NAA Recommends Farmer Participation in 2019-20 Regulatory Cost Analysis
The National Aquaculture Association (NAA) strongly recommends that the U.S. aquaculture community respond positively to requests by a multi-university research team to participate in the regulatory cost impact analysis being conducted during the fall/winter 2019-20.
The research team from Virginia Polytechnic University, University of Florida, and Mississippi State University are launching a new project to analyze aquaculture regulatory costs. Specific project objectives include:
To measure the economic effect of regulatory compliance costs on catfish, Atlantic Coast shellfish, tropical/ornamental fish, hybrid striped bass, and tilapia farms. To identify strategies and pathways likely to reduce redundancy and inefficiency in regulatory compliance without compromising oversight to ensure sustainability and social responsibility. An outcome of this work will be a summary of regulatory costs for each of the aquaculture sectors investigated. When combined with that of the previous and on-going studies, this project will provide critical coverage of the major aquaculture species in the United States (73% of the total value of U.S. aquaculture) in terms of a comprehensive understanding of the economic effects of the regulatory compliance burden on U.S. aquaculture.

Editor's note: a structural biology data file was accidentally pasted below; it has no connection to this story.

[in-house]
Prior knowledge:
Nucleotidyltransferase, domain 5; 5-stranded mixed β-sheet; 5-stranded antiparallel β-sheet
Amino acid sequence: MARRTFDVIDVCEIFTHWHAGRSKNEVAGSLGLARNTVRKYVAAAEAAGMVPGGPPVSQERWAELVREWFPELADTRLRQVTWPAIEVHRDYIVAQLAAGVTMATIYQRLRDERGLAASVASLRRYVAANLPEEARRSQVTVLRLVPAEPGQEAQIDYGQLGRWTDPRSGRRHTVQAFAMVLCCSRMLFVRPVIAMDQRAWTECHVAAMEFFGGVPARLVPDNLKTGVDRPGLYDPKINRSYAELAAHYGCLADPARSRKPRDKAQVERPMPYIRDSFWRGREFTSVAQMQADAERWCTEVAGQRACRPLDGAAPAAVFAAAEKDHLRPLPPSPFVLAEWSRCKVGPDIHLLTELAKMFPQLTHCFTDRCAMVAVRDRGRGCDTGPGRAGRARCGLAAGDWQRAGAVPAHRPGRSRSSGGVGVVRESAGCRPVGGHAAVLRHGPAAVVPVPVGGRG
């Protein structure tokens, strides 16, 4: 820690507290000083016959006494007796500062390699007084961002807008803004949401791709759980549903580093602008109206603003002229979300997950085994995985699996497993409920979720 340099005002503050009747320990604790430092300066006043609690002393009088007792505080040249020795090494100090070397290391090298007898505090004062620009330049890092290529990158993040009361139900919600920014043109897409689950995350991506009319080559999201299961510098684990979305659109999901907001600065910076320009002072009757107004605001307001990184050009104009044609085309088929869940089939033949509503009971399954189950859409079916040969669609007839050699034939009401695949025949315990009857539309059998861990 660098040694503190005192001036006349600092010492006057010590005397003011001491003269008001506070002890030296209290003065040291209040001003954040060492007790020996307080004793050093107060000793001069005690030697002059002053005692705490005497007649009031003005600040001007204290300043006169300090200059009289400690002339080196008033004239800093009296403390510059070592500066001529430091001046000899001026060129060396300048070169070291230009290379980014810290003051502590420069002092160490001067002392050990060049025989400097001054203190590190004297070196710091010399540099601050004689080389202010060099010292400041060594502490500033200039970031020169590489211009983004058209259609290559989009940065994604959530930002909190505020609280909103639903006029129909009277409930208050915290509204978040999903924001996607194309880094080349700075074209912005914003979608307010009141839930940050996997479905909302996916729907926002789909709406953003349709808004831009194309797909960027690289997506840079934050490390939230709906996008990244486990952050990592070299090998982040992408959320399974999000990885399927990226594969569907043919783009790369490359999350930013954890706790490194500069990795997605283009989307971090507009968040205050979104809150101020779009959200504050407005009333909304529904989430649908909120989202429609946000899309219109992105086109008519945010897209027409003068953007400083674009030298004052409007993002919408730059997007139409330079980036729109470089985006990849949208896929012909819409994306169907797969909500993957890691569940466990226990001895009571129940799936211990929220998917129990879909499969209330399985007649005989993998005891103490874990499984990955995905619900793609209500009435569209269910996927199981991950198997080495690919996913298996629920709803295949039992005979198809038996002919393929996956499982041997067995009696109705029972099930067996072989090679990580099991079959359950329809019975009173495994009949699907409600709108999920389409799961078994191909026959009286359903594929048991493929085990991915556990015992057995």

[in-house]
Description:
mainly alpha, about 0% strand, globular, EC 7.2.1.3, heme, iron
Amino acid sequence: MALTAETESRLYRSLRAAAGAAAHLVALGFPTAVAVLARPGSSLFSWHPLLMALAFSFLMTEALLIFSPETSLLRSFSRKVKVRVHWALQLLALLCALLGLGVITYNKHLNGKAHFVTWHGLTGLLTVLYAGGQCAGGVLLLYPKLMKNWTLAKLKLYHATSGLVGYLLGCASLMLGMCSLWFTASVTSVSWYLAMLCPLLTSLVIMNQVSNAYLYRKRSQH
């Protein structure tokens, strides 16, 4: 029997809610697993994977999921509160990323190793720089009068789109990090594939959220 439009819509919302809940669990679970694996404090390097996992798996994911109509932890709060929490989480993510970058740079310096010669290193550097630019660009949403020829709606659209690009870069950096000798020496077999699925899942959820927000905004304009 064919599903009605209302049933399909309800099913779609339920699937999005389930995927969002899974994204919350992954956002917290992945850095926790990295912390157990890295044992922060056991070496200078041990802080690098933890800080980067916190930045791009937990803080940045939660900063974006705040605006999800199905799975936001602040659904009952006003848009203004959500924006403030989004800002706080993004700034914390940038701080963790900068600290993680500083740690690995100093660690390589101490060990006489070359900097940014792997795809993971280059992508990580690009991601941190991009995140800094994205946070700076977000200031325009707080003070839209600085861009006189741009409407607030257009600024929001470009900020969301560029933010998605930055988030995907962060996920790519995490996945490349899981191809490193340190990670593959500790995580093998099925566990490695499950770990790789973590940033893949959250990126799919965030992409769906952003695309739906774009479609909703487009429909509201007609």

The synthesis of the data and results from these major sectors will provide the basis for identifying over-arching effects of the regulatory compliance burden that are common to all sectors of U.S. aquaculture. Perhaps more importantly, it will provide details of the effects on specific sectors, regions, and states that will point to those aspects of regulatory compliance that are most problematic.
The team will be reaching out to farmers to complete a questionnaire to gather information on farm characteristics (farm size, species raised, type of production system, production volume, etc.), permits/licenses required, manpower spent monitoring, record-keeping, and reporting for regulatory compliance, any production delays due to permitting, business losses related to regulations, costs to test water, fish diseases, fees for consultants/attorneys, and production and marketing costs. All farm data will be held in the strictest confidence and only compiled data used to inform their final analysis. The five different surveys are being phased in but all five will be underway by fall/winter of 2019-2020.
If there are any questions about this project or you would like to receive copies of published regulatory cost studies (baitfish/gamefish and trout), please contact the NAA Office at 850-216-2400 or email@example.com.